Illuminating education: Y&Y Fellow Kiko Muuo funded by the United Nations  

August 19, 2020


Angaza Elimu
, the name of Kiko Muuo’s business, is Swahili for ‘illuminated education’. It’s a very fitting name to what the business does: it highlights the gaps in the Kenyan education system, and comes up with enlightened solutions to the identified problems. 

Kiko and Angaza Elimu have just been awarded the hugely prestigious and rigorously competitive up to USD 100K UNICEF Innovation Fund. But Kiko’s journey towards this moment started in primary school. On our call, Kiko talked a lot about the state of the Kenyan state education system, particularly the overcrowded classrooms, the expensive textbooks and the consequent lack of individualised instruction. After finishing primary school, he moved to the city for high school where the differences in schooling, between what he had previously experienced and what he was experiencing then, were like heaven and earth. Never forgetting his experiences, and with his love for tech growing with each day, Kiko decided to do something about it. In his final year he built a simple assessment platform where students could access revision materials, which he piloted in his own primary school. This was in 2017. A year later, in April 2018, he launched his first eLearning product. Two years after that, he became a UNICEF Innovation Fund awardee

What seems to have played a significant role in Kiko’s success, is that he is extremely perceptive and looks to understand the entire context of the social issue he is addressing. This is evident in how he talks about his eLearning platform. Alongside the direct support it offers the students, a key part of its aim is the relief it offers the teachers and parents. The real-time analytics help the teachers to personalise the learning for their students, and the platform also removes the expensive cost of textbooks for the parents. However, Kiko recognises that while internet connectivity around Kenya is pretty good, the cost of accessing the internet is still quite high – so his team are now looking to develop offline tools that relieve the financial burden even further. 

While the eLearning platform is based around Kenya’s national curriculum, Angaza Elimu’s second product is a STEM programme designed with various other developers, and focuses on robotics, coding, programming and other technology-based skills – a much more vocational endeavour, and one Kiko is equally passionate about. Kiko himself says that these tools are very necessary for those who might want to pursue their own innovative ideas and become entrepreneurs. His approach is holistic and is rooted in his deep desire to improve the lot of many people in his own country. The early market testing of both products has had good traction, with 9,000 active users on the eLearning platform and 14,000 students trained in the STEM programme. His experience with the former has helped with the necessary, COVID-induced move online of the latter.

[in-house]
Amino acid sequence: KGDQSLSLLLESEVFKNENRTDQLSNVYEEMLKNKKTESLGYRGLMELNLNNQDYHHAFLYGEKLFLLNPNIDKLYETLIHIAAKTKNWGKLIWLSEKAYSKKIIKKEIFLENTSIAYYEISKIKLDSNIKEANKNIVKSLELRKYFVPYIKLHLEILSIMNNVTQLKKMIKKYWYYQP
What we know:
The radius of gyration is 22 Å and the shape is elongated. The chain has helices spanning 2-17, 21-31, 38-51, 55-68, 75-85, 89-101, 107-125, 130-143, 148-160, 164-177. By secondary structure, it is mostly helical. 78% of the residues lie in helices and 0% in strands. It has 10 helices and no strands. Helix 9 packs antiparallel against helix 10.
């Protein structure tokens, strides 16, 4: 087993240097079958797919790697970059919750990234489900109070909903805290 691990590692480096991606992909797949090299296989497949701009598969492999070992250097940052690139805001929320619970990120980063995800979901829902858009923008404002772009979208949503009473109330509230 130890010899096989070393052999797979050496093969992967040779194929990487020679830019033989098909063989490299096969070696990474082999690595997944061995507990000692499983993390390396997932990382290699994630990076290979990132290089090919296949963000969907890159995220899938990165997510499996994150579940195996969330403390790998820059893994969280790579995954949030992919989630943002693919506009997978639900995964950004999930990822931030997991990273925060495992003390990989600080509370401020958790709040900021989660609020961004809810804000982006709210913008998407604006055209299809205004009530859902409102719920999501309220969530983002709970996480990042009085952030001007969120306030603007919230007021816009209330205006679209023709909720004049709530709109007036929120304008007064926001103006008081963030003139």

“I keep my network very close” says Kiko during our call. This stems from his awareness that it takes a team to make a success out of a business – similarly to how it proverbially takes a village to raise a child. We talk about his time as a Yunus & Youth Fellow, and he is very grateful that the Fellowship addressed his main need at the time, which was how to market and launch a product. As part of the fellowship he was paired with Citigroup mentors, Stella Mwangi from Nairobi and Robert Skenes from New York City, that allowed him to get the first professional advice on marketing, branding and business planning to identify the business needs of Angaza Elimu. Kiko was also connected to Tenne Mattan from Tel Aviv, a third mentor specialized in education data mining, with his guidance Kiko and the team started building an adaptive e-learning platform. All this background work, new insights and precise guidance led to a significant growth spike in 2019, which has continued ever since. Kiko’s impression is that it is really beneficial to apply for the Fellowship at an early stage, since this knowledge helped him develop a more long-term plan. 

A result of this business development was his decision to apply for the UNICEF Innovation Fund. It’s a very rigorous selection process, and one which forced Kiko to define his wants and needs for the business at each stage of the application. He is now talking about scaling his product, perhaps exporting it to other countries in Sub-Saharan Africa, and fine-tuning the AI and his business plan. He says himself that adapting content is much easier than setting up from zero – so the potential change Angaza Elimu can bring is even greater than he himself might have initially hoped. 

Towards the end of the conversation Kiko laughs that his dreams are coming through at a very early stage and that he has achieved a lot in a very short space of time. He knows that he didn’t do any of this by himself, but it is clear that his admirable humbleness sits alongside a great passion and dedication to his work. At some point he slips in that Angaza Elimu is his first business and the first time he has held the role of CEO – it would surprise no one to if there were other ideas brewing in Kiko’s head, but it is also evident that Angaza Elimu is his main focus and he will take it to its full potential before moving on. Watch this space. 

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